BOSTON -- Tigers manager Jim Leyland does not believe in personal catchers for pitchers, preferring that his pitchers grow comfortable working with everybody behind the plate. To some degree, though, he has two shortstops he can tailor to his starting pitcher, if he wants.
For the second time in three games, the Tigers started a pitcher who finished with one of the five-highest fly-ball ratios in the American League in ALCS Game 2 on Sunday against the Red Sox. For the second such game, Detroit started Jhonny Peralta at shortstop, his old position, and sat Jose Iglesias, his replacement.
Game 2 starter Max Scherzer doesn't have as strong of a fly-ball tendency as Justin Verlander, who went three games without a ground-ball out at first base. However, Scherzer had the higher fly-ball ratio in the regular season, second only to Oakland's A.J. Griffin among AL starters.
That said, Leyland fiercely defends Peralta's ability to play at short. His decision, he said, has to do with the hitters he can use to generate offense.
"Jhonny Peralta is no donkey," Lelyand said. "He's made the All-Star team twice for me as a shortstop in the last few years. He's a very good shortstop. We're trying to get another bat in there, and we felt it would be the best way to do it.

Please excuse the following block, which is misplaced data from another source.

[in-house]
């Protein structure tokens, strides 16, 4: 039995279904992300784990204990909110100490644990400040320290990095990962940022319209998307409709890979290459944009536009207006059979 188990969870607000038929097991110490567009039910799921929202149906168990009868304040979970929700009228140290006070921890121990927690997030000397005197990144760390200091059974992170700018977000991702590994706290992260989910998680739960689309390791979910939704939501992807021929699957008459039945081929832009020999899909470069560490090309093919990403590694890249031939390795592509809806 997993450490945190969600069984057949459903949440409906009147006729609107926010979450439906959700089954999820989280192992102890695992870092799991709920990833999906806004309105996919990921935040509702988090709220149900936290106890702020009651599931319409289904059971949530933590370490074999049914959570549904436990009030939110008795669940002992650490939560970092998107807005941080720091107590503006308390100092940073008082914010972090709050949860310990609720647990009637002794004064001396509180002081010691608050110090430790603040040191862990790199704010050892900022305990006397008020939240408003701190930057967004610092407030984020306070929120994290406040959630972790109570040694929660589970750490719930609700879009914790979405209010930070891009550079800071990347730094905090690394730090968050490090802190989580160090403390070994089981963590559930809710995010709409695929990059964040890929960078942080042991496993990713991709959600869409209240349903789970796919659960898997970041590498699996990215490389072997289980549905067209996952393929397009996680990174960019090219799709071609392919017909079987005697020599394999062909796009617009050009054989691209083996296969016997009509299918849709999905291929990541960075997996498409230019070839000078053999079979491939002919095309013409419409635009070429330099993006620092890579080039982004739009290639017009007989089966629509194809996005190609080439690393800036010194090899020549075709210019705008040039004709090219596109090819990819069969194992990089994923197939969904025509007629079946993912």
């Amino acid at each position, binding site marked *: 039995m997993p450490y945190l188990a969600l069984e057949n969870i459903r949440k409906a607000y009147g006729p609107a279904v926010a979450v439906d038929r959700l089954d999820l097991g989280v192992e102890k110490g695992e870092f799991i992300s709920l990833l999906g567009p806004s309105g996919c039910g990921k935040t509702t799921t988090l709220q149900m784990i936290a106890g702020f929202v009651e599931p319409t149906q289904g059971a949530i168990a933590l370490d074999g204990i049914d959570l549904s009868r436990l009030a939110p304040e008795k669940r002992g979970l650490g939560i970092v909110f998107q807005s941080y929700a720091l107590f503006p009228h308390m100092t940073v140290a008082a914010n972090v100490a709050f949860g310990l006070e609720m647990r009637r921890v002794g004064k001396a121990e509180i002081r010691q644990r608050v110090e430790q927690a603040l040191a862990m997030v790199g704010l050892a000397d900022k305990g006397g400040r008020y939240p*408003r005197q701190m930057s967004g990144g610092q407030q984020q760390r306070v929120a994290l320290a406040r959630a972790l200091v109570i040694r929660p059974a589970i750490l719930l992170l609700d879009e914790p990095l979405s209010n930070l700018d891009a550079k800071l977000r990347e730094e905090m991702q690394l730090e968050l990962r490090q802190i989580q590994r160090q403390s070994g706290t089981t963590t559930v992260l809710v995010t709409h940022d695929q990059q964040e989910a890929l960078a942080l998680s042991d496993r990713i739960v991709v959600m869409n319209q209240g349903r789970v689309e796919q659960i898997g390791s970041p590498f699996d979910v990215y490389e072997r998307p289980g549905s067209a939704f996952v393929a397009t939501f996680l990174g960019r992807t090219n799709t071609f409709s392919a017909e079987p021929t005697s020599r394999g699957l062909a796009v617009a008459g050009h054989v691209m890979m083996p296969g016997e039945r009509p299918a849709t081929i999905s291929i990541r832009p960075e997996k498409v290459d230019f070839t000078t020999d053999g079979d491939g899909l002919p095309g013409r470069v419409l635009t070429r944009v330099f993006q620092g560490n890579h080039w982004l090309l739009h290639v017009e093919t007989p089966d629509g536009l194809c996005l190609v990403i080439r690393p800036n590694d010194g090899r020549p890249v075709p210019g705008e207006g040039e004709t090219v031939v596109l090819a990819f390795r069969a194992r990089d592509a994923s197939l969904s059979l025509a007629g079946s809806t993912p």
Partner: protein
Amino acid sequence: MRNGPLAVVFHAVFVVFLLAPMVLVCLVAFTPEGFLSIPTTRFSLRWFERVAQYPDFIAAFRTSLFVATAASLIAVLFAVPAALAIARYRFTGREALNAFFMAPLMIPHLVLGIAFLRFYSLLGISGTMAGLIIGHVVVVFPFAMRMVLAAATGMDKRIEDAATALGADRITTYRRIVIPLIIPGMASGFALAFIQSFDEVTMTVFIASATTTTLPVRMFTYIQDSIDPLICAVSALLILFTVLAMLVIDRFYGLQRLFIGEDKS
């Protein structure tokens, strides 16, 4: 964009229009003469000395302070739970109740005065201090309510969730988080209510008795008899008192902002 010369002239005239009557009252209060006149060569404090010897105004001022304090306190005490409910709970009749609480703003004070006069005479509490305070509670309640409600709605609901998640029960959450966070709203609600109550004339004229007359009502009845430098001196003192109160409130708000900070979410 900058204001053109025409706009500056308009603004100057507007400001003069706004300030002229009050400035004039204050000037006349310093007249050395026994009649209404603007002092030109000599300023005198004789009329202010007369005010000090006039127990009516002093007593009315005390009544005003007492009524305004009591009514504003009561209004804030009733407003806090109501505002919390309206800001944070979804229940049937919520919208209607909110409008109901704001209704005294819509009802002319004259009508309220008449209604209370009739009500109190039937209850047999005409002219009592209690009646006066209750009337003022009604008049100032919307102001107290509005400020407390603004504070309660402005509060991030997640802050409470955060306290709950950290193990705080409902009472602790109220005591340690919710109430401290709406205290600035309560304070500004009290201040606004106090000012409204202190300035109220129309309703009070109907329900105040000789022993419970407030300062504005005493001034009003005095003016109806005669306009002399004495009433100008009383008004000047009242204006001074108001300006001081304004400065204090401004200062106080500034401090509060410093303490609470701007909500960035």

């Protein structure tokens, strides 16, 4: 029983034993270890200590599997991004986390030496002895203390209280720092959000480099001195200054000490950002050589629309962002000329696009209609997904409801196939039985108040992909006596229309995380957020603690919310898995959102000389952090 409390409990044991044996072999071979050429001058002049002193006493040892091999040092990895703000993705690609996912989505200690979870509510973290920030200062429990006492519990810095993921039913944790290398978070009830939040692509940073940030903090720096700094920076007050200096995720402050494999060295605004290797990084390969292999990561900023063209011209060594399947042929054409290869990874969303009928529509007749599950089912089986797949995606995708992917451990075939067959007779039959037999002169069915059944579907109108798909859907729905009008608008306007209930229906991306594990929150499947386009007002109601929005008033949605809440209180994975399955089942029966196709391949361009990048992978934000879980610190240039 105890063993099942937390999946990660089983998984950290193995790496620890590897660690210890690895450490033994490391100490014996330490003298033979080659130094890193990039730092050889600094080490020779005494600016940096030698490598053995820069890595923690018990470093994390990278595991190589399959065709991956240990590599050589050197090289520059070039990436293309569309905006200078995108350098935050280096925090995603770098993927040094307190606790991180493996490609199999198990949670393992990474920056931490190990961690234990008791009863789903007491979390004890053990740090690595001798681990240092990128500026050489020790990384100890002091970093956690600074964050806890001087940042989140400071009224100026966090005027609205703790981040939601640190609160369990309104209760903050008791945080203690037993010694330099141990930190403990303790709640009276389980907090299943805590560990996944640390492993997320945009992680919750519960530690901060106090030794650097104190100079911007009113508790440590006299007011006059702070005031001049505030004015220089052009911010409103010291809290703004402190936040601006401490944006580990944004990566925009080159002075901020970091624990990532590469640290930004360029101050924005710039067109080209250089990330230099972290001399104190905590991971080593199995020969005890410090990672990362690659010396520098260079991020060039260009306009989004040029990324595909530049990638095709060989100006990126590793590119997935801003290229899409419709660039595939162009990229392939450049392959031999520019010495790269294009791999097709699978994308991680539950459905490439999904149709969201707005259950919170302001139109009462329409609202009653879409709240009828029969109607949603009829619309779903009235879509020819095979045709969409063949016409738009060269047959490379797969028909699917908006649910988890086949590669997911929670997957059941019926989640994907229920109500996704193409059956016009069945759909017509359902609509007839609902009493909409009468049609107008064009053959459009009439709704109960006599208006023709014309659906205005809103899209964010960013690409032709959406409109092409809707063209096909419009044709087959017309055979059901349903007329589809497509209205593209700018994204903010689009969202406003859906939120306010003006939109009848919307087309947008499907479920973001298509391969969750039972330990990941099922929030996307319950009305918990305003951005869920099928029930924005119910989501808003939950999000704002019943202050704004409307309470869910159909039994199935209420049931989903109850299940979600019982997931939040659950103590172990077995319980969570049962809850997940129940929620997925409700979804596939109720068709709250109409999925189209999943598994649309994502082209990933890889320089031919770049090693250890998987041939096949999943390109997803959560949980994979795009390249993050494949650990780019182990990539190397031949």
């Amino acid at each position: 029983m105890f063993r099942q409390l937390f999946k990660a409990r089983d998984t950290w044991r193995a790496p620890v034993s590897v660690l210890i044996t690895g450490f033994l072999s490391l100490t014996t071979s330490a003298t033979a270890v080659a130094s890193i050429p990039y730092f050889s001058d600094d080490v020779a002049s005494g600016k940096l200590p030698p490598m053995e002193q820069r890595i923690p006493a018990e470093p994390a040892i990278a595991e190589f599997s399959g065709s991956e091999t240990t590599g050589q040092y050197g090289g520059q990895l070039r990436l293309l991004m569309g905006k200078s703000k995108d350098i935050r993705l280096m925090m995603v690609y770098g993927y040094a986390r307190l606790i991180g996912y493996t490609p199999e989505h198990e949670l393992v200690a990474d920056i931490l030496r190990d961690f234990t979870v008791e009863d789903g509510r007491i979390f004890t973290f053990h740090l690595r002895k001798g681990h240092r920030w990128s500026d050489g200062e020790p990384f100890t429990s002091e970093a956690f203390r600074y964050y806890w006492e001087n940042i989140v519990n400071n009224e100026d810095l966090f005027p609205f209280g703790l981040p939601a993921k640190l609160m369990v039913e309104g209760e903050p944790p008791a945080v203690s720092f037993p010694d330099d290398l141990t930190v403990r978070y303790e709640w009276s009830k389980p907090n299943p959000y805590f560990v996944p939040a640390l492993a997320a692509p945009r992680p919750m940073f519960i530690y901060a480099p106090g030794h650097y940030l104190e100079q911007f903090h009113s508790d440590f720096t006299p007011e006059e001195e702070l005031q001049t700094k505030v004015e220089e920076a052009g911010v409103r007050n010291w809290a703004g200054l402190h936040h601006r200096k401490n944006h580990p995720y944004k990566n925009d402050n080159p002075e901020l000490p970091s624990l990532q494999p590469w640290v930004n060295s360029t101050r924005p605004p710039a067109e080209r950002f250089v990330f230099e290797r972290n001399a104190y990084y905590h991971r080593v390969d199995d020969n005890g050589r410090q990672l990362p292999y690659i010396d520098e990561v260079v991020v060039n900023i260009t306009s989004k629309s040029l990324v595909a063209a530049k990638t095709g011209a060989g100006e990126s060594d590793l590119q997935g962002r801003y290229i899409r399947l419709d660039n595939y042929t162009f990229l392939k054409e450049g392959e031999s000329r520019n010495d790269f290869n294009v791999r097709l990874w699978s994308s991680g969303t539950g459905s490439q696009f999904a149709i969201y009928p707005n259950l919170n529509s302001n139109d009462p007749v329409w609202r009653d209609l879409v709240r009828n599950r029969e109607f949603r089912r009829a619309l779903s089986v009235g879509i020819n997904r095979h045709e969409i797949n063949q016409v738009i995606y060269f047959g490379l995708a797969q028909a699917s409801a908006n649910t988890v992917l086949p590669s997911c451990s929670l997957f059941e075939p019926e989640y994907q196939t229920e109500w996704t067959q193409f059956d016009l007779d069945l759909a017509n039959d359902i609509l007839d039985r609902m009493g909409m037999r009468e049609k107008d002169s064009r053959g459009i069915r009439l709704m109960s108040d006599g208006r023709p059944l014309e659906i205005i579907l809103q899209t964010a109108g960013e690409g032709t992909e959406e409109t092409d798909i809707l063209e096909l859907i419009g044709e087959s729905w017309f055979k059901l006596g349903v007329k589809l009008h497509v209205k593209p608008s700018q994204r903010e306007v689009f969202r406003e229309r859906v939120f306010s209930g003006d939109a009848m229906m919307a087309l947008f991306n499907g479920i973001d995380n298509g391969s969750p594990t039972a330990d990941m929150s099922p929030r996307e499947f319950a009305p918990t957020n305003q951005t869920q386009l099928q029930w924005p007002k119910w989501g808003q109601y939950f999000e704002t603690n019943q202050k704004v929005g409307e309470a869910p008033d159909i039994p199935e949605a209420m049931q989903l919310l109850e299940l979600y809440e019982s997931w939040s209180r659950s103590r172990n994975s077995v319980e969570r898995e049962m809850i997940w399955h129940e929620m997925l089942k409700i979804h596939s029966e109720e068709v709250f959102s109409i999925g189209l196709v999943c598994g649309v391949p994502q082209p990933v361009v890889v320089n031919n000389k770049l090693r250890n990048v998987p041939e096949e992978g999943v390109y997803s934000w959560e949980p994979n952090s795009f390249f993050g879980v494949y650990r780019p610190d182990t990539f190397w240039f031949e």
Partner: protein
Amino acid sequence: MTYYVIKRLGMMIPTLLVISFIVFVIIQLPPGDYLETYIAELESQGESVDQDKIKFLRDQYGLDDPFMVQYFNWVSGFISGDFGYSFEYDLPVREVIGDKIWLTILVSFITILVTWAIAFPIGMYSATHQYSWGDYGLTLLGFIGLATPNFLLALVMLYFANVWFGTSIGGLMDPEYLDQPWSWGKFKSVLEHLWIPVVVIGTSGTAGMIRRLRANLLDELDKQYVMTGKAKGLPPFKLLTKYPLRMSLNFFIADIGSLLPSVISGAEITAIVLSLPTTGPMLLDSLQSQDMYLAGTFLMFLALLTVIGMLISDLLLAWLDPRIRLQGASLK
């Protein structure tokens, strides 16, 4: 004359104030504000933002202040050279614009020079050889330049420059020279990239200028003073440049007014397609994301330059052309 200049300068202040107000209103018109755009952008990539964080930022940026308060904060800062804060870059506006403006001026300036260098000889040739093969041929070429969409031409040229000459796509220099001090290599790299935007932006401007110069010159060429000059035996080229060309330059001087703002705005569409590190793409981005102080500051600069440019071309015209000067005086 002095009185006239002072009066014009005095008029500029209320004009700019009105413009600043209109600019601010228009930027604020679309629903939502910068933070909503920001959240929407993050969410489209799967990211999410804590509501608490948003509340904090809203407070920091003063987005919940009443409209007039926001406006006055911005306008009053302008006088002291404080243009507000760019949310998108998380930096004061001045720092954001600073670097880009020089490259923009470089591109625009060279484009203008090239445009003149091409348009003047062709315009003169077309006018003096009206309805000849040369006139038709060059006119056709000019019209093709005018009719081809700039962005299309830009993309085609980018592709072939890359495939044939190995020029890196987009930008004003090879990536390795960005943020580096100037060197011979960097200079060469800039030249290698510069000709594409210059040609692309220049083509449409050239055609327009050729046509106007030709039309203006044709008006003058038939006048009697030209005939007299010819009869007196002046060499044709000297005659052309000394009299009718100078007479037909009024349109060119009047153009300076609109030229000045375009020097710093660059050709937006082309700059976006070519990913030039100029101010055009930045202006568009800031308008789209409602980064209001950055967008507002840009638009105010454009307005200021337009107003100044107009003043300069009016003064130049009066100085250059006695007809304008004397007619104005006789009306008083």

"This guy is a bona fide Major League shortstop. This is not a utility guy you're playing there. This is a top-notch shortstop. He doesn't have the range Iglesias has, but this is a very, very good shortstop."
Peralta's strength is in his reliability to convert the ground balls he reaches into outs. Iglesias' biggest strength is his range. Offensively, the comparison isn't between Peralta and Iglesias, but Iglesias and the left fielder Leyland can play with Peralta at shortstop. Starting Peralta at short on Sunday, Leyland said, allowed him to get another left-handed bat (left fielder Don Kelly ) into the lineup against Boston starter Clay Buchholz.
Jason Beck is a reporter for MLB.com. Read Beck's Blog and follow him on Twitter @beckjason. This story was not subject to the approval of Major League Baseball or its clubs.